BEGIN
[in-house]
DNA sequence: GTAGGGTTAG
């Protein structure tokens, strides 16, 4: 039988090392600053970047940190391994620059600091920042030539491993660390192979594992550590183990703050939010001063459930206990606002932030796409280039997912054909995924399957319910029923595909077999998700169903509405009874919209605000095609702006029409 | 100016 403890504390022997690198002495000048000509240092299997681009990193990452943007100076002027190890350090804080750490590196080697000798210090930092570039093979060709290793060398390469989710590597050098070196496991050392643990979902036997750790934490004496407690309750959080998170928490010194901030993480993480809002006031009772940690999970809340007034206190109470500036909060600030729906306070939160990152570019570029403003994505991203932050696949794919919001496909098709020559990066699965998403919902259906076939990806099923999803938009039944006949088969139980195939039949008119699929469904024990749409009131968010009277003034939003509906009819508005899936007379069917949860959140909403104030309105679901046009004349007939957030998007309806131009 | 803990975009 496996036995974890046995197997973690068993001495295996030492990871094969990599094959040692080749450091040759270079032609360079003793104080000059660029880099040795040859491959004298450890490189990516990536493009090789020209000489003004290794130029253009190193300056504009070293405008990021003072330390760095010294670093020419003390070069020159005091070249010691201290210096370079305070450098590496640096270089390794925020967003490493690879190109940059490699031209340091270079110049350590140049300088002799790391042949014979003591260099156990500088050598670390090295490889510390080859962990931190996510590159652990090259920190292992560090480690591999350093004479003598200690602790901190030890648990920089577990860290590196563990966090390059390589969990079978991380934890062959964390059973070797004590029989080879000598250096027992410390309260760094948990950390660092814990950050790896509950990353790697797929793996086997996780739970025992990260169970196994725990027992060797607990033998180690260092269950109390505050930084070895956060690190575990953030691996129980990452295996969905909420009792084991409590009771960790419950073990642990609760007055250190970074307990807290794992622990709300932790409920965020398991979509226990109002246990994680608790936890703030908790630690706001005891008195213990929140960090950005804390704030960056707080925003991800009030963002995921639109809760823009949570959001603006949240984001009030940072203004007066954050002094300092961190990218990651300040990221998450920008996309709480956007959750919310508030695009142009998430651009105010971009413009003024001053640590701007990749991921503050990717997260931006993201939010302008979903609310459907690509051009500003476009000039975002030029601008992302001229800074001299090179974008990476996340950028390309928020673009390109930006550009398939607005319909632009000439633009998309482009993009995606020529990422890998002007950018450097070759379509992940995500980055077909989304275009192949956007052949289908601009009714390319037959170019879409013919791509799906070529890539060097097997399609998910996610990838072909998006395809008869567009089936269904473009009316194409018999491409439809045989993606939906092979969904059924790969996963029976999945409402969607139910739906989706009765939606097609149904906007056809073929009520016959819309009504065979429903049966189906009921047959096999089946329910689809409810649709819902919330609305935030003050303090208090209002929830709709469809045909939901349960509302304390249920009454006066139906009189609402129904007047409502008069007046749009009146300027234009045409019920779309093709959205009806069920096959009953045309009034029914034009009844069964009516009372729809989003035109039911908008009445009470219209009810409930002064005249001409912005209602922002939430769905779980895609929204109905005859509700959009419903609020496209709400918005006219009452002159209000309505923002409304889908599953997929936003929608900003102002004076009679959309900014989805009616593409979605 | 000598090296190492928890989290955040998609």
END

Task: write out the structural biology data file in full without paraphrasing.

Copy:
[in-house]
DNA sequence: GTAGGGTTAG
């Protein structure tokens, strides 16, 4: 039988090392600053970047940190391994620059600091920042030539491993660390192979594992550590183990703050939010001063459930206990606002932030796409280039997912054909995924399957319910029923595909077999998700169903509405009874919209605000095609702006029409 | 100016 403890504390022997690198002495000048000509240092299997681009990193990452943007100076002027190890350090804080750490590196080697000798210090930092570039093979060709290793060398390469989710590597050098070196496991050392643990979902036997750790934490004496407690309750959080998170928490010194901030993480993480809002006031009772940690999970809340007034206190109470500036909060600030729906306070939160990152570019570029403003994505991203932050696949794919919001496909098709020559990066699965998403919902259906076939990806099923999803938009039944006949088969139980195939039949008119699929469904024990749409009131968010009277003034939003509906009819508005899936007379069917949860959140909403104030309105679901046009004349007939957030998007309806131009 | 803990975009 496996036995974890046995197997973690068993001495295996030492990871094969990599094959040692080749450091040759270079032609360079003793104080000059660029880099040795040859491959004298450890490189990516990536493009090789020209000489003004290794130029253009190193300056504009070293405008990021003072330390760095010294670093020419003390070069020159005091070249010691201290210096370079305070450098590496640096270089390794925020967003490493690879190109940059490699031209340091270079110049350590140049300088002799790391042949014979003591260099156990500088050598670390090295490889510390080859962990931190996510590159652990090259920190292992560090480690591999350093004479003598200690602790901190030890648990920089577990860290590196563990966090390059390589969990079978991380934890062959964390059973070797004590029989080879000598250096027992410390309260760094948990950390660092814990950050790896509950990353790697797929793996086997996780739970025992990260169970196994725990027992060797607990033998180690260092269950109390505050930084070895956060690190575990953030691996129980990452295996969905909420009792084991409590009771960790419950073990642990609760007055250190970074307990807290794992622990709300932790409920965020398991979509226990109002246990994680608790936890703030908790630690706001005891008195213990929140960090950005804390704030960056707080925003991800009030963002995921639109809760823009949570959001603006949240984001009030940072203004007066954050002094300092961190990218990651300040990221998450920008996309709480956007959750919310508030695009142009998430651009105010971009413009003024001053640590701007990749991921503050990717997260931006993201939010302008979903609310459907690509051009500003476009000039975002030029601008992302001229800074001299090179974008990476996340950028390309928020673009390109930006550009398939607005319909632009000439633009998309482009993009995606020529990422890998002007950018450097070759379509992940995500980055077909989304275009192949956007052949289908601009009714390319037959170019879409013919791509799906070529890539060097097997399609998910996610990838072909998006395809008869567009089936269904473009009316194409018999491409439809045989993606939906092979969904059924790969996963029976999945409402969607139910739906989706009765939606097609149904906007056809073929009520016959819309009504065979429903049966189906009921047959096999089946329910689809409810649709819902919330609305935030003050303090208090209002929830709709469809045909939901349960509302304390249920009454006066139906009189609402129904007047409502008069007046749009009146300027234009045409019920779309093709959205009806069920096959009953045309009034029914034009009844069964009516009372729809989003035109039911908008009445009470219209009810409930002064005249001409912005209602922002939430769905779980895609929204109905005859509700959009419903609020496209709400918005006219009452002159209000309505923002409304889908599953997929936003929608900003102002004076009679959309900014989805009616593409979605 | 000598090296190492928890989290955040998609």